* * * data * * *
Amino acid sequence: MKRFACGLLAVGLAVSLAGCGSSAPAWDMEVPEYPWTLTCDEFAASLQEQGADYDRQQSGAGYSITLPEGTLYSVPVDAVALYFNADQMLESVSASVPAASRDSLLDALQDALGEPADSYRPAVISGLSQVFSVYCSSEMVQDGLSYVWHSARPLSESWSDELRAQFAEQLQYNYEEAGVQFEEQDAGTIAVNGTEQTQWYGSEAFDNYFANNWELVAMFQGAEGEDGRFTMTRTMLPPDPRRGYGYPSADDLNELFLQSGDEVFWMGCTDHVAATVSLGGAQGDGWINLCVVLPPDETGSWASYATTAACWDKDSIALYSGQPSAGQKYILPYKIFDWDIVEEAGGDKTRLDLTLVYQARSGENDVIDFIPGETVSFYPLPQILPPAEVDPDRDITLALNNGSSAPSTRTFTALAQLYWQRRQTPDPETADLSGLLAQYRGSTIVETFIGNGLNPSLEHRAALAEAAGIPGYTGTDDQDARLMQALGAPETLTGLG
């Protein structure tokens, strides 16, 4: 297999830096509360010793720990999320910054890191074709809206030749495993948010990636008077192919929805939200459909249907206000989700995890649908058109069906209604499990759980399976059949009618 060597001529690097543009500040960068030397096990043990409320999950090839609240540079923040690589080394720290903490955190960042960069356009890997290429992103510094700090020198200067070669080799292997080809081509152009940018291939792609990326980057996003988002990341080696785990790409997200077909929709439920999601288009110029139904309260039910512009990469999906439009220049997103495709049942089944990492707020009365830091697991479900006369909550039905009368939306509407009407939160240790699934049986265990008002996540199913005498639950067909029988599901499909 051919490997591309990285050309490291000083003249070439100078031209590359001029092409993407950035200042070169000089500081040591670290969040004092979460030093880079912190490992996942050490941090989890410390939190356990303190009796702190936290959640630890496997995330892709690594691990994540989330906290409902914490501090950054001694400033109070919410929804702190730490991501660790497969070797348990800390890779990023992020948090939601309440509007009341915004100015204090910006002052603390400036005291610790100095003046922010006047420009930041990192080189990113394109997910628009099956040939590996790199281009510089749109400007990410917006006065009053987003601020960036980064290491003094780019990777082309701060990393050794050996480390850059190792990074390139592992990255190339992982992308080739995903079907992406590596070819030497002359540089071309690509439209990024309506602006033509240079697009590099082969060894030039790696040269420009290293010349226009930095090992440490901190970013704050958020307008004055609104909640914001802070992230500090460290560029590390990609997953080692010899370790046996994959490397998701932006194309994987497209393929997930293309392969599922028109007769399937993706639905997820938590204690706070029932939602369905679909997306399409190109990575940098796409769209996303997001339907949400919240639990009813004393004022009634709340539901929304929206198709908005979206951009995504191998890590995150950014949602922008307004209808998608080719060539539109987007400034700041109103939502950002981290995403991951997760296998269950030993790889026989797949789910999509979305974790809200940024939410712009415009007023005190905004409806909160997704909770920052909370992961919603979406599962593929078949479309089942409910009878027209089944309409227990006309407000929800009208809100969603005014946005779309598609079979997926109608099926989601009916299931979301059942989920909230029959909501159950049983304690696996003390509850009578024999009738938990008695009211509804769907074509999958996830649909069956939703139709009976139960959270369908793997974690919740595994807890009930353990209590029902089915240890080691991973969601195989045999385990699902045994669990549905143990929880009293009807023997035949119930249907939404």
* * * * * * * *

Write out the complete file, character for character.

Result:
Amino acid sequence: MKRFACGLLAVGLAVSLAGCGSSAPAWDMEVPEYPWTLTCDEFAASLQEQGADYDRQQSGAGYSITLPEGTLYSVPVDAVALYFNADQMLESVSASVPAASRDSLLDALQDALGEPADSYRPAVISGLSQVFSVYCSSEMVQDGLSYVWHSARPLSESWSDELRAQFAEQLQYNYEEAGVQFEEQDAGTIAVNGTEQTQWYGSEAFDNYFANNWELVAMFQGAEGEDGRFTMTRTMLPPDPRRGYGYPSADDLNELFLQSGDEVFWMGCTDHVAATVSLGGAQGDGWINLCVVLPPDETGSWASYATTAACWDKDSIALYSGQPSAGQKYILPYKIFDWDIVEEAGGDKTRLDLTLVYQARSGENDVIDFIPGETVSFYPLPQILPPAEVDPDRDITLALNNGSSAPSTRTFTALAQLYWQRRQTPDPETADLSGLLAQYRGSTIVETFIGNGLNPSLEHRAALAEAAGIPGYTGTDDQDARLMQALGAPETLTGLG
């Protein structure tokens, strides 16, 4: 297999830096509360010793720990999320910054890191074709809206030749495993948010990636008077192919929805939200459909249907206000989700995890649908058109069906209604499990759980399976059949009618 060597001529690097543009500040960068030397096990043990409320999950090839609240540079923040690589080394720290903490955190960042960069356009890997290429992103510094700090020198200067070669080799292997080809081509152009940018291939792609990326980057996003988002990341080696785990790409997200077909929709439920999601288009110029139904309260039910512009990469999906439009220049997103495709049942089944990492707020009365830091697991479900006369909550039905009368939306509407009407939160240790699934049986265990008002996540199913005498639950067909029988599901499909 051919490997591309990285050309490291000083003249070439100078031209590359001029092409993407950035200042070169000089500081040591670290969040004092979460030093880079912190490992996942050490941090989890410390939190356990303190009796702190936290959640630890496997995330892709690594691990994540989330906290409902914490501090950054001694400033109070919410929804702190730490991501660790497969070797348990800390890779990023992020948090939601309440509007009341915004100015204090910006002052603390400036005291610790100095003046922010006047420009930041990192080189990113394109997910628009099956040939590996790199281009510089749109400007990410917006006065009053987003601020960036980064290491003094780019990777082309701060990393050794050996480390850059190792990074390139592992990255190339992982992308080739995903079907992406590596070819030497002359540089071309690509439209990024309506602006033509240079697009590099082969060894030039790696040269420009290293010349226009930095090992440490901190970013704050958020307008004055609104909640914001802070992230500090460290560029590390990609997953080692010899370790046996994959490397998701932006194309994987497209393929997930293309392969599922028109007769399937993706639905997820938590204690706070029932939602369905679909997306399409190109990575940098796409769209996303997001339907949400919240639990009813004393004022009634709340539901929304929206198709908005979206951009995504191998890590995150950014949602922008307004209808998608080719060539539109987007400034700041109103939502950002981290995403991951997760296998269950030993790889026989797949789910999509979305974790809200940024939410712009415009007023005190905004409806909160997704909770920052909370992961919603979406599962593929078949479309089942409910009878027209089944309409227990006309407000929800009208809100969603005014946005779309598609079979997926109608099926989601009916299931979301059942989920909230029959909501159950049983304690696996003390509850009578024999009738938990008695009211509804769907074509999958996830649909069956939703139709009976139960959270369908793997974690919740595994807890009930353990209590029902089915240890080691991973969601195989045999385990699902045994669990549905143990929880009293009807023997035949119930249907939404």